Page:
New Hampshire politicians show opponents can be civil

Dan Abrams Live

(NewsNation) — In Rochester, New Hampshire, a race for a seat in the State House of Representatives is headed for a runoff after the candidates finished in a tie. But you won’t see them mudslinging.

Candidates Chuck Grassie and David Walker are maintaining a friendly relationship in the contest that ended in a tie after all the votes were counted. A recount yielded the same result, forcing a special election between the incumbent Democrat Grassie and his Republican challenger.

The New Hampshire House had the ability to decide the outcome themselves, but during a session last week, they opted to send the race back to the city, which is going to hold a new vote.

The race has become extremely important in the Granite State. There are 400 seats in the New Hampshire House, and Republicans control the chamber by the slimmest of margins, 201-198. It can’t get any closer in Rochester’s Ward Four, and in the entire state.

But with so much on the line, Grassie and Walker are keeping it civil, and it’s because they go back a long time with each other. Grassie, who is 11 years Walker’s senior, previously served as a mentor to Walker, helping him learn how to read the budget, among other tasks.

Meanwhile, Walker pitched in on Grassie’s campaign for mayor years ago, even though the two differ quite a bit politically. Despite the ideological differences, and despite the tension of a close contest with surprisingly high stakes, the race between Grassie and Walker has been free of vitriol.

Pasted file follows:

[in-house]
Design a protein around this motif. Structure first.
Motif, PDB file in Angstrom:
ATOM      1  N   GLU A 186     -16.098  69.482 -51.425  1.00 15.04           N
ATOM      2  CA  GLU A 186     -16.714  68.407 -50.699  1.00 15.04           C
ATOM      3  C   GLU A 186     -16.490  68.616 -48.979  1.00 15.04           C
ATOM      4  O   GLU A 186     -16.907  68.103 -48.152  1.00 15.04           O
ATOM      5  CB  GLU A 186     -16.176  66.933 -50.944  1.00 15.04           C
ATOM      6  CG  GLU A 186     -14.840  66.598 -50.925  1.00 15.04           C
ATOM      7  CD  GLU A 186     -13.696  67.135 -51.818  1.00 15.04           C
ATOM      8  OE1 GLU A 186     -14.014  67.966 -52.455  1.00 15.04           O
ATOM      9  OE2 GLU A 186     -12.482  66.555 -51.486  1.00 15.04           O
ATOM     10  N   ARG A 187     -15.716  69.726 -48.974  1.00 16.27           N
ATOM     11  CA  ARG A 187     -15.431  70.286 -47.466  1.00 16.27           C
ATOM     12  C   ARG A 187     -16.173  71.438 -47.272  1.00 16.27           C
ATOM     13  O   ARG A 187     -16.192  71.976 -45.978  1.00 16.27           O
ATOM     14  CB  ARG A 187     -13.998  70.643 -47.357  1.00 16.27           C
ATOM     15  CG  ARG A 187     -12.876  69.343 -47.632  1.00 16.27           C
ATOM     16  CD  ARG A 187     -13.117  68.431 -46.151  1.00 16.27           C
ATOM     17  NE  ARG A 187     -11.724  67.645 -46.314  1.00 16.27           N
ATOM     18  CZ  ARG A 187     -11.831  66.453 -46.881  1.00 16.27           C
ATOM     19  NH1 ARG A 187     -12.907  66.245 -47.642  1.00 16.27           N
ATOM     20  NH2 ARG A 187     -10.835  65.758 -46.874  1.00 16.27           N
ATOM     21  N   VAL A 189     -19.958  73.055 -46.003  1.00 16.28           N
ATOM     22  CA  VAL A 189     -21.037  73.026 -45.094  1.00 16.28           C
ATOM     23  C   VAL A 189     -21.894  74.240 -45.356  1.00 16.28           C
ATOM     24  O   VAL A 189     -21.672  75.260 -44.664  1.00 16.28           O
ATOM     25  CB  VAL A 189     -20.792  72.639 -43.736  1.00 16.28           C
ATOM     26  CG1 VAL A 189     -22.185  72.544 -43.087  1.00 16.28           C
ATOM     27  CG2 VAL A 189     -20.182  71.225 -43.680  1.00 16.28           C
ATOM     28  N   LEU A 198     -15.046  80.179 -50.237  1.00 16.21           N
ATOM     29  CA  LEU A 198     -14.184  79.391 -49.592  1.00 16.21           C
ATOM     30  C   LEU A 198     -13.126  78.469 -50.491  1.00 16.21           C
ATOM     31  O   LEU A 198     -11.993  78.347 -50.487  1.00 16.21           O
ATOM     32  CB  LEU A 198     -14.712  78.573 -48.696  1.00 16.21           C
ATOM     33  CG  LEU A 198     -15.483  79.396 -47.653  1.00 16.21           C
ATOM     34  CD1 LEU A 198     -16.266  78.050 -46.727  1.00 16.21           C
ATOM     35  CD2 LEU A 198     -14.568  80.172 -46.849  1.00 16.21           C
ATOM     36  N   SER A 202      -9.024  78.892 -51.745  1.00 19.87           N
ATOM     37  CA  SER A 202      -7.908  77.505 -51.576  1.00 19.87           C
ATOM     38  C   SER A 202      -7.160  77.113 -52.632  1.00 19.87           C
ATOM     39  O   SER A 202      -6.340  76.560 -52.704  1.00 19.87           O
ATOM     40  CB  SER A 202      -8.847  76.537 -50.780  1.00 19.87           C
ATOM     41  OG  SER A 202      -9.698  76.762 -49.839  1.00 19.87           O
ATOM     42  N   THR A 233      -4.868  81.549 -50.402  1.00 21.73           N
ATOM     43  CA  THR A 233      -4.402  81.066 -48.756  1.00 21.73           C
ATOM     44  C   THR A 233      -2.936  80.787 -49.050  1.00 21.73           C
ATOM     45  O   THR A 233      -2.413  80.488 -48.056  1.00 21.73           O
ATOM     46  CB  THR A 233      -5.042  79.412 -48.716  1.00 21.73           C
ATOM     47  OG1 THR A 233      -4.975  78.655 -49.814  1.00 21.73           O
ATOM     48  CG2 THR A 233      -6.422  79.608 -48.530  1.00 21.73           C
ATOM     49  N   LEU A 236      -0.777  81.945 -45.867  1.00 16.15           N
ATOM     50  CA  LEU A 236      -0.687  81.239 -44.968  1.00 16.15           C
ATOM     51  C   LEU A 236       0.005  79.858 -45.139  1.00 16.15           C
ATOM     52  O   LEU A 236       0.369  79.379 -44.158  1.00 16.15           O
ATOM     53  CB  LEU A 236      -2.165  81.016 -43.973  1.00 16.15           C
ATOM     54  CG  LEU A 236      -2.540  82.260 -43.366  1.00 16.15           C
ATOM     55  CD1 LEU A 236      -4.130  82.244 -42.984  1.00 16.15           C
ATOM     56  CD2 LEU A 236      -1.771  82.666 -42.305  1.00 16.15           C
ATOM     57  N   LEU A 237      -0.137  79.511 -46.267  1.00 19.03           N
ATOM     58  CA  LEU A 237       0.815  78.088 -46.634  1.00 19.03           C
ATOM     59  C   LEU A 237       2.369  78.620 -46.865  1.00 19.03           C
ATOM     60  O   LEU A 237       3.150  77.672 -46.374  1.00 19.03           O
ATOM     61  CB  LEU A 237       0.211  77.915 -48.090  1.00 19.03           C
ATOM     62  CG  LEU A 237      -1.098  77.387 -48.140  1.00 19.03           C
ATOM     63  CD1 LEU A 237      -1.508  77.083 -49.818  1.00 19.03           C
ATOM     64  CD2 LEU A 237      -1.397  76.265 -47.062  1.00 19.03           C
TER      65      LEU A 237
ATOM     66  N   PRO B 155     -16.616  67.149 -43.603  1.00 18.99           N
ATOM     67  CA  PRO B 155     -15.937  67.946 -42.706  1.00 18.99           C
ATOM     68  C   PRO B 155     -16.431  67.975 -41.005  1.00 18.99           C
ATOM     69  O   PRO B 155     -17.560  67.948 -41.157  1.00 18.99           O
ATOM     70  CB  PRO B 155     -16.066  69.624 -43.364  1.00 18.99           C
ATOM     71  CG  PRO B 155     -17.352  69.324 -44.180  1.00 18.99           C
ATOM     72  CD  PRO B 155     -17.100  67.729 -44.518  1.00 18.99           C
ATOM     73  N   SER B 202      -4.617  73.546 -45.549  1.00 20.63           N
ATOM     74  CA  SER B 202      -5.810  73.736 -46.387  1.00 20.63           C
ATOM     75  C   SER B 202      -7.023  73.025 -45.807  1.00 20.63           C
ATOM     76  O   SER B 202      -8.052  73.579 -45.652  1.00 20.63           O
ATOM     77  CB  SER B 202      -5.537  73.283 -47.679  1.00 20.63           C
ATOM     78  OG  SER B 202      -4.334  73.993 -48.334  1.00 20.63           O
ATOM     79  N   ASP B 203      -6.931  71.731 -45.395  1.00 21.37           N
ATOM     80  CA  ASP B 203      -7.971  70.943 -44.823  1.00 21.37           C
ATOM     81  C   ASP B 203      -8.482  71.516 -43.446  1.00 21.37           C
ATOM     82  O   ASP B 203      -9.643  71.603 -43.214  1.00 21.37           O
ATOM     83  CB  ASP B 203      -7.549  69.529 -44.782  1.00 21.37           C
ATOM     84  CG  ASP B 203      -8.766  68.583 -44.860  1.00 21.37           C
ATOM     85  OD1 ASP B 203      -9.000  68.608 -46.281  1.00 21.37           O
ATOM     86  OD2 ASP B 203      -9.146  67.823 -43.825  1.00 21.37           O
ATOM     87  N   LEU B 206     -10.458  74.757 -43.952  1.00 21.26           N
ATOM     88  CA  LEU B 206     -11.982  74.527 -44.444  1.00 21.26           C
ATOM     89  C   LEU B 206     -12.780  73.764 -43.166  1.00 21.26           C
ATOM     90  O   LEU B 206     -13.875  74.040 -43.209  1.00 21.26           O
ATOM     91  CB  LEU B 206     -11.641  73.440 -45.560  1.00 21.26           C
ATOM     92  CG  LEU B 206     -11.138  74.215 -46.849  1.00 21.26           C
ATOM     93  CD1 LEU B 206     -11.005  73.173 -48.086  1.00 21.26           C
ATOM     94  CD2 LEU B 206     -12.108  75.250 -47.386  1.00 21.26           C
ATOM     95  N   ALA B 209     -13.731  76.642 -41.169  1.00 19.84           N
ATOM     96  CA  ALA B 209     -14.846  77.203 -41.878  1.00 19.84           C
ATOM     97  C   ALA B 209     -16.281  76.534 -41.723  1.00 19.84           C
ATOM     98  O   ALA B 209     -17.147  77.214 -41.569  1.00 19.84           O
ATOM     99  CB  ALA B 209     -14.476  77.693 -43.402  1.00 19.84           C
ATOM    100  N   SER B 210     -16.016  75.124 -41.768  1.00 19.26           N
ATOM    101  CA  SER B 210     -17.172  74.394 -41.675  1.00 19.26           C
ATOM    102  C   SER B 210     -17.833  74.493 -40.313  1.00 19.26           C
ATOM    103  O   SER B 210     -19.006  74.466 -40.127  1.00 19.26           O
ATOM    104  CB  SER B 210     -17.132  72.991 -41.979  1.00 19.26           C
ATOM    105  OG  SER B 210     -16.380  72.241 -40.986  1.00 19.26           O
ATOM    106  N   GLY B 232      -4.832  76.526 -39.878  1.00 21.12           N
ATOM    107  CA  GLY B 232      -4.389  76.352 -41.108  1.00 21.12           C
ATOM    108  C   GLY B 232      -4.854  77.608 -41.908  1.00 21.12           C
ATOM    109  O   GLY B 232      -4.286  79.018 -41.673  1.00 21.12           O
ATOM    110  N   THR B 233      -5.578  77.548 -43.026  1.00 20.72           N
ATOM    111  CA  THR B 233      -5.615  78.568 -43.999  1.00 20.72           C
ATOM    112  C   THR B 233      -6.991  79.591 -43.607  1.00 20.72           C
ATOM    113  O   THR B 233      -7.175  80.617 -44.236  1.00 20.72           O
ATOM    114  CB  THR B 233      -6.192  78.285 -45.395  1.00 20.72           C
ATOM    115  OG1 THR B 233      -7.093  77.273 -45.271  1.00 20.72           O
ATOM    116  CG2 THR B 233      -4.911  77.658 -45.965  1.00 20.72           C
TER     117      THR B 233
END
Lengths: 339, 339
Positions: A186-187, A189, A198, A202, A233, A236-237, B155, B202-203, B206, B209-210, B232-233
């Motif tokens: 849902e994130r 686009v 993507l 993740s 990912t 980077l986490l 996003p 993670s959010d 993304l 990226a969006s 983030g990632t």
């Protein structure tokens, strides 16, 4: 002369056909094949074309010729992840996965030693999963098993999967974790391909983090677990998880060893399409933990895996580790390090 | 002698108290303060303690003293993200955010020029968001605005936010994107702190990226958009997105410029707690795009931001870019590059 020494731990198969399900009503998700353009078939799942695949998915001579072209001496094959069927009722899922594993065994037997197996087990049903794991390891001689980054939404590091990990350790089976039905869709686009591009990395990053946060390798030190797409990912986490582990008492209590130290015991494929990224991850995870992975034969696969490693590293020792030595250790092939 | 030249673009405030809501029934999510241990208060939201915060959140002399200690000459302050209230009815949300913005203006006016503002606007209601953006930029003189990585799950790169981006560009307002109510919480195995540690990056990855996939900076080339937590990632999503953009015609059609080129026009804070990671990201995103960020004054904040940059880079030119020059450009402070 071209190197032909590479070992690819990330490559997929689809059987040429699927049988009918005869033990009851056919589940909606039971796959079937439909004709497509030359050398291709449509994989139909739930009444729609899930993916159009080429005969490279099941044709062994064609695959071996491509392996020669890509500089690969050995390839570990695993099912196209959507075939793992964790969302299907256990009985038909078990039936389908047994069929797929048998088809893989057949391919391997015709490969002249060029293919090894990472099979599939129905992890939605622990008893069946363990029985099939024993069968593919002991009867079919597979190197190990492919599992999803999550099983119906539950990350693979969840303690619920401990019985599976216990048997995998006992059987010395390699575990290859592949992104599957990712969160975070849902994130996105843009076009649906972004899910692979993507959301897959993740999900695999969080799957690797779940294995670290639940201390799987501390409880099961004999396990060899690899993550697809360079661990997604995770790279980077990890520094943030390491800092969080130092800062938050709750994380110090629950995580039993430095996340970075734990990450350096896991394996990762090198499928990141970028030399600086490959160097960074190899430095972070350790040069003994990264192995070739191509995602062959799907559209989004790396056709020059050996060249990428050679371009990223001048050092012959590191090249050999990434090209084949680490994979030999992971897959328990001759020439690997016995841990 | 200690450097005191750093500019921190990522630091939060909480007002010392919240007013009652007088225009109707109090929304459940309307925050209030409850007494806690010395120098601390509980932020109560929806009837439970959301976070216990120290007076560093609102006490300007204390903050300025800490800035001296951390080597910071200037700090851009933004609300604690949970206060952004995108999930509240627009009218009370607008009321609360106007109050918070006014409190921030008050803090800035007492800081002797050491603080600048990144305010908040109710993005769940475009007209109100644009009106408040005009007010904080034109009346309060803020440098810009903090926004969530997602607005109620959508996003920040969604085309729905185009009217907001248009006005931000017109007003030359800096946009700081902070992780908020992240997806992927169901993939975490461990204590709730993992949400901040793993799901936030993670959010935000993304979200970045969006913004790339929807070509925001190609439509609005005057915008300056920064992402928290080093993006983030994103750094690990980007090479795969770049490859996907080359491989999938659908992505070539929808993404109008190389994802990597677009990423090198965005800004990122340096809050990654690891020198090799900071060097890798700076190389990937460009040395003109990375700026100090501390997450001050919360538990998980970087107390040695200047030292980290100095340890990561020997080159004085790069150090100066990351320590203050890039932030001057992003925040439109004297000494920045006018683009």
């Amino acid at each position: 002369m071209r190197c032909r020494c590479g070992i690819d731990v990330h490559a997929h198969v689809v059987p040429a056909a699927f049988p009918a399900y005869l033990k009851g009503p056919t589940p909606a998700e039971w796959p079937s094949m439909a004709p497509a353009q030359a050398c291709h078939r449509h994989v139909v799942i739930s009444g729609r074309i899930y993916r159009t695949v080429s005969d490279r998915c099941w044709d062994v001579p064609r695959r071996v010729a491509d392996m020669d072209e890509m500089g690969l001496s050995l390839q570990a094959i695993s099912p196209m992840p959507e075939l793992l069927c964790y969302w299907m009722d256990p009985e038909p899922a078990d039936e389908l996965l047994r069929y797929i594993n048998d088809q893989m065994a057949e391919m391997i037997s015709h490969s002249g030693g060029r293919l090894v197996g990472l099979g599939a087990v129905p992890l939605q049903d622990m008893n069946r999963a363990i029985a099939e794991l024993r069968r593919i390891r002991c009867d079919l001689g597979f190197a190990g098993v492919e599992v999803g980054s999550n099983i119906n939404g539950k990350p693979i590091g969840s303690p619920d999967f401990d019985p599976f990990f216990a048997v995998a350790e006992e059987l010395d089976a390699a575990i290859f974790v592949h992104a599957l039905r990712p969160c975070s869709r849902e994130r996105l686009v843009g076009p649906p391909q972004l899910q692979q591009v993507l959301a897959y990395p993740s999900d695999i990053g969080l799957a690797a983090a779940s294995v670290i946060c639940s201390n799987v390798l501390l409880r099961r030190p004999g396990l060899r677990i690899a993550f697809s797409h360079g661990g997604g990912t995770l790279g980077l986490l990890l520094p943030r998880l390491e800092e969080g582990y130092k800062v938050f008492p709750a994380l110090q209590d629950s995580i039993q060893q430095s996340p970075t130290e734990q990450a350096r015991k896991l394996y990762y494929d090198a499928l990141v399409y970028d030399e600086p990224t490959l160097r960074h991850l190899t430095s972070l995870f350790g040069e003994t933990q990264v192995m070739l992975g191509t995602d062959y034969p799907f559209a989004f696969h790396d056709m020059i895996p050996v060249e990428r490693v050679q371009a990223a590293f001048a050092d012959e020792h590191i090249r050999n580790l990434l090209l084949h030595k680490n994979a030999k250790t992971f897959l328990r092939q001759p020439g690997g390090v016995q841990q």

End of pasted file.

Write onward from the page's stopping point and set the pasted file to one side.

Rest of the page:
They see each other not as enemies but neighbors, literally, as they live on the same street.

“Dave bought the house door next to me as a rental, and I was over there this summer helping him beat back some invasive species and cutting down some trees for him,” Grassie said Thursday on “Dan Abrams Live.” “We’ve worked together on a lot of local issues which are nonpartisan.”

Walker has been a longtime councilman on the Rochester City Council and has worked with Grassie over the past 30 years.

“We leave our differences inside council chambers and we go out and have a beer or whatever we do after the meeting. We’ve gotten along for many many years and done a lot of good for the citizens of Rochester,” Walker said. “I don’t play the mudslinging game, I never have.”

The tone of the local standoff is in stark contrast to those at the national level, where mudslinging has been commonplace in recent years. President Joe Biden has accused the “MAGA wing” of the Republican Party of being a threat to democracy, while the GOP has threatened payback for probes into Donald Trump with investigations of their own into Biden and his son.

Can Washington take an example and adopt the civility being shown in this local race?

“Well I don’t think you’re ever gonna get it to spread that far,” Walker said with a chuckle.

His opponent agreed.

“I’m not saying this is something you can take anywhere else, and I’m not saying that all is perfect here in Rochester,” Grassie said. “But some of us are old school, you could say.”

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